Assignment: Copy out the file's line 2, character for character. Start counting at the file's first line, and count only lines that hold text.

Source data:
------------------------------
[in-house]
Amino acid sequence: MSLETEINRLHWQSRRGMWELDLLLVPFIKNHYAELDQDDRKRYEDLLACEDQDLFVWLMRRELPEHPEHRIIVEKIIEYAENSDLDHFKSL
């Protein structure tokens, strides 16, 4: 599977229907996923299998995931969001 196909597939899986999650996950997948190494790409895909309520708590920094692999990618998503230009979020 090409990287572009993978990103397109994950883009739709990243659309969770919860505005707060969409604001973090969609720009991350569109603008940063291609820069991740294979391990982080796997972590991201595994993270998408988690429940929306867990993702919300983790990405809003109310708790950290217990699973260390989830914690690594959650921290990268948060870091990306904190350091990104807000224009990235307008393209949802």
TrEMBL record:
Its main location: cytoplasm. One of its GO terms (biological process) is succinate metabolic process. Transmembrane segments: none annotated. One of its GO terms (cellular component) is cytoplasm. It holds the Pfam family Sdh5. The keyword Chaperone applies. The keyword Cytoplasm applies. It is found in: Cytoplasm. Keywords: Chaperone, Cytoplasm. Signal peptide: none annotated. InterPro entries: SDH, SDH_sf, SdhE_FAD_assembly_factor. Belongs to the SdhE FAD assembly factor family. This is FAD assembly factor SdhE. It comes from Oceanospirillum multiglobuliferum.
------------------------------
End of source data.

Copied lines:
Amino acid sequence: MSLETEINRLHWQSRRGMWELDLLLVPFIKNHYAELDQDDRKRYEDLLACEDQDLFVWLMRRELPEHPEHRIIVEKIIEYAENSDLDHFKSL